Down in the sublevels, she was faded. He could feel her, the way he always had. Her presence pulled at him, propelled him through fog that couldn’t touch him, through poison that wanted nothing more than to strike him dead.
He felt her power. Bathed in it. Drank it. Made it his own. With liquid fluidity, Nix strode toward the east hallway, closer and closer to the chamber’s edges. All around him, the air grew more opaque as the poison snaked out of the vents at steady speed, but Nix didn’t think about the airborne acid or what a much lower concentration of it had done to his hands. There was no pain in the fade, and Nix’s grip on it, his mind’s connection with Claire’s, was rock solid.
The wave of nausea was instantaneous. It was a thousand times worse than the sensation of watching Claire bring the Null drug into the fade. Not just a drug this time. A Null. Nix stumbled, and the word—snide and ugly and permanent—permeated every cell in his immaterial body. One foot shy of the chamber wall, he forced himself forward, tried not to dwell on what his senses were telling him.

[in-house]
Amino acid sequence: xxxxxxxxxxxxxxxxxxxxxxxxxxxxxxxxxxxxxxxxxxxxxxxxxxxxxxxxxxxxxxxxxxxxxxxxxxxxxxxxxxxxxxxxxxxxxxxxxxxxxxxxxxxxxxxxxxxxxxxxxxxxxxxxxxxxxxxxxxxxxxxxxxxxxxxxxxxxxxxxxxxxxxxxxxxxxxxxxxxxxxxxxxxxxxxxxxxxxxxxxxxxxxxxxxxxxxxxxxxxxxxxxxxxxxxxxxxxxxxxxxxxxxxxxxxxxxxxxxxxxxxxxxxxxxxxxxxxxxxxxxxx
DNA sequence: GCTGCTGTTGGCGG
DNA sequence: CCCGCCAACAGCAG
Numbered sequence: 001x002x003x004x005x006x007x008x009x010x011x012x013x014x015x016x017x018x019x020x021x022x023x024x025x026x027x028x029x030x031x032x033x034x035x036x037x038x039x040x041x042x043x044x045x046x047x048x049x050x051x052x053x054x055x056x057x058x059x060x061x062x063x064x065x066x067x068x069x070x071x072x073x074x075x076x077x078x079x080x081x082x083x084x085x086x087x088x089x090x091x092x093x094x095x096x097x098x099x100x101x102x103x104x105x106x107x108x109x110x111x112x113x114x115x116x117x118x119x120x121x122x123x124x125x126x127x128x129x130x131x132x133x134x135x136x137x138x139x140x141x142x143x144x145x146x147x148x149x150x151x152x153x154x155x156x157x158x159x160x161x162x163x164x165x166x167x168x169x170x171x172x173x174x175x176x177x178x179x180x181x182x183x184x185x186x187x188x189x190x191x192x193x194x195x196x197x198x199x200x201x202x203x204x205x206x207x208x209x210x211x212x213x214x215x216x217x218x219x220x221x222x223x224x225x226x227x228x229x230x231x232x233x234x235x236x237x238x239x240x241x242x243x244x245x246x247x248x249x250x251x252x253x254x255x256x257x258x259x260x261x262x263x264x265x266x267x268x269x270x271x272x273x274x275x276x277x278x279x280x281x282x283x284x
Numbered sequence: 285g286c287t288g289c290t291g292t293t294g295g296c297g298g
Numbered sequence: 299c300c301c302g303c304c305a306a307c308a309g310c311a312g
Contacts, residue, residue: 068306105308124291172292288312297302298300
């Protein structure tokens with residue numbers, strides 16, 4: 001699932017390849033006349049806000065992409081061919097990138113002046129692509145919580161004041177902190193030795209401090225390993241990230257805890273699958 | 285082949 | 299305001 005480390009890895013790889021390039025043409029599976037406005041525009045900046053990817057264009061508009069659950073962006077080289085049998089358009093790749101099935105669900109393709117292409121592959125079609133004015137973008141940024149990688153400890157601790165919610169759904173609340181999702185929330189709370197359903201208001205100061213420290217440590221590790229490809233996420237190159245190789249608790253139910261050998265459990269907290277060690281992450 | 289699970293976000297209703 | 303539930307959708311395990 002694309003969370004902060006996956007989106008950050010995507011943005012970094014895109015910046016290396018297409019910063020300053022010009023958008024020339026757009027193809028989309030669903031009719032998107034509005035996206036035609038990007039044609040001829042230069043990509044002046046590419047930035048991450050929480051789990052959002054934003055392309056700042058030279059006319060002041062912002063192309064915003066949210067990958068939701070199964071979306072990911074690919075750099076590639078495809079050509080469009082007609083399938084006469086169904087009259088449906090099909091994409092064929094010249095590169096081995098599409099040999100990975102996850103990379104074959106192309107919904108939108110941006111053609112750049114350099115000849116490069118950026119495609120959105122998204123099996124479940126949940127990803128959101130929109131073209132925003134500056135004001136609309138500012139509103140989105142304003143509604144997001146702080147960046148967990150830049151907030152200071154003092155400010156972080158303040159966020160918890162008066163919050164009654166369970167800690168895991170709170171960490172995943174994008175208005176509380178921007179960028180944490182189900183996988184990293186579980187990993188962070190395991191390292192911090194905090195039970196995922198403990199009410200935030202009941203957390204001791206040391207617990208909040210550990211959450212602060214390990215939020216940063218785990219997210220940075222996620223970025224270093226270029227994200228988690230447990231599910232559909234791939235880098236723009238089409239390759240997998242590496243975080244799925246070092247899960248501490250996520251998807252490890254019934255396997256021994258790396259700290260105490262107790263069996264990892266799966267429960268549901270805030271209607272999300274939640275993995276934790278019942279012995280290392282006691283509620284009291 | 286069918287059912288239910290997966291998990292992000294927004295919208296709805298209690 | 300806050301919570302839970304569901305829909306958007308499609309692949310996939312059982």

Claire had succeeded. She’d brought the little Null into the fade, and the girl’s presence was every bit as toxic as the poisonous gas. Like a stone tossed into a lake, her energy rippled through the fade. Nix felt it—in every pore, in the air he was breathing, in the pit of his stomach.
Null. In the fade.
Nix couldn’t move. He couldn’t take that last step to the wall, through it, and in the moment he realized he’d lost his fade, the thick haze of acid in the air became—like his own body—all too solid, all too real.
Less than shadow. Less than air.
Nix had to think the words, had to fade before the poison ate clear through him like termites through wood.
Less than shadow—
Agony. Hands burning. Clothes dissolving. Can’t take a breath. Not a single breath. Skin melting. A thousand knives. A thousand knives for every square inch of skin.
LESS THAN SHADOW. LESS THAN AIR.